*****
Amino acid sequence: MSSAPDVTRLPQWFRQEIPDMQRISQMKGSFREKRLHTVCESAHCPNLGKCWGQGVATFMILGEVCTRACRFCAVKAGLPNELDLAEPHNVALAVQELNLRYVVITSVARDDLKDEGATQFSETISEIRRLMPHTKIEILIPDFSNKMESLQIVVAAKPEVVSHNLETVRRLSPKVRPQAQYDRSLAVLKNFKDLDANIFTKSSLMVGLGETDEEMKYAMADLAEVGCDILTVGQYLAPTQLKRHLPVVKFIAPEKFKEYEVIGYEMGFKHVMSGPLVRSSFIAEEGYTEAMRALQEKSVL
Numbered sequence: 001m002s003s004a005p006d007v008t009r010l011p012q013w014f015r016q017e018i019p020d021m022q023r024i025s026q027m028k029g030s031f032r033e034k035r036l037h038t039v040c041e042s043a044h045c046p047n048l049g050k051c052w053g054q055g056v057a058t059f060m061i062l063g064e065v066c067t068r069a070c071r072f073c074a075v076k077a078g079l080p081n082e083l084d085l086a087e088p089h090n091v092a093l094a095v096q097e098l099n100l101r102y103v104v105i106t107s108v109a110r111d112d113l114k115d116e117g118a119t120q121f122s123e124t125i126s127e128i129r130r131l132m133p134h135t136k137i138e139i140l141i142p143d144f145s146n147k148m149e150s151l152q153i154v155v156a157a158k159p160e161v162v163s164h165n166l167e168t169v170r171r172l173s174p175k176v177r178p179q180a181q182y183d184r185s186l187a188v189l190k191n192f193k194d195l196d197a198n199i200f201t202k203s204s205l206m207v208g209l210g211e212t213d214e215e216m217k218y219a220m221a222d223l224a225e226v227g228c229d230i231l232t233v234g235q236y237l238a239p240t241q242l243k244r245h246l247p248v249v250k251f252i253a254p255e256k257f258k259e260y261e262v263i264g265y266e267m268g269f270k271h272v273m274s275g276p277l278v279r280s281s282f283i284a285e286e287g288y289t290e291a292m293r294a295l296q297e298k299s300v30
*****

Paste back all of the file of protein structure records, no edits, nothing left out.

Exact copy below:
Amino acid sequence: MSSAPDVTRLPQWFRQEIPDMQRISQMKGSFREKRLHTVCESAHCPNLGKCWGQGVATFMILGEVCTRACRFCAVKAGLPNELDLAEPHNVALAVQELNLRYVVITSVARDDLKDEGATQFSETISEIRRLMPHTKIEILIPDFSNKMESLQIVVAAKPEVVSHNLETVRRLSPKVRPQAQYDRSLAVLKNFKDLDANIFTKSSLMVGLGETDEEMKYAMADLAEVGCDILTVGQYLAPTQLKRHLPVVKFIAPEKFKEYEVIGYEMGFKHVMSGPLVRSSFIAEEGYTEAMRALQEKSVL
Numbered sequence: 001m002s003s004a005p006d007v008t009r010l011p012q013w014f015r016q017e018i019p020d021m022q023r024i025s026q027m028k029g030s031f032r033e034k035r036l037h038t039v040c041e042s043a044h045c046p047n048l049g050k051c052w053g054q055g056v057a058t059f060m061i062l063g064e065v066c067t068r069a070c071r072f073c074a075v076k077a078g079l080p081n082e083l084d085l086a087e088p089h090n091v092a093l094a095v096q097e098l099n100l101r102y103v104v105i106t107s108v109a110r111d112d113l114k115d116e117g118a119t120q121f122s123e124t125i126s127e128i129r130r131l132m133p134h135t136k137i138e139i140l141i142p143d144f145s146n147k148m149e150s151l152q153i154v155v156a157a158k159p160e161v162v163s164h165n166l167e168t169v170r171r172l173s174p175k176v177r178p179q180a181q182y183d184r185s186l187a188v189l190k191n192f193k194d195l196d197a198n199i200f201t202k203s204s205l206m207v208g209l210g211e212t213d214e215e216m217k218y219a220m221a222d223l224a225e226v227g228c229d230i231l232t233v234g235q236y237l238a239p240t241q242l243k244r245h246l247p248v249v250k251f252i253a254p255e256k257f258k259e260y261e262v263i264g265y266e267m268g269f270k271h272v273m274s275g276p277l278v279r280s281s282f283i284a285e286e287g288y289t290e291a292m293r294a295l296q297e298k299s300v30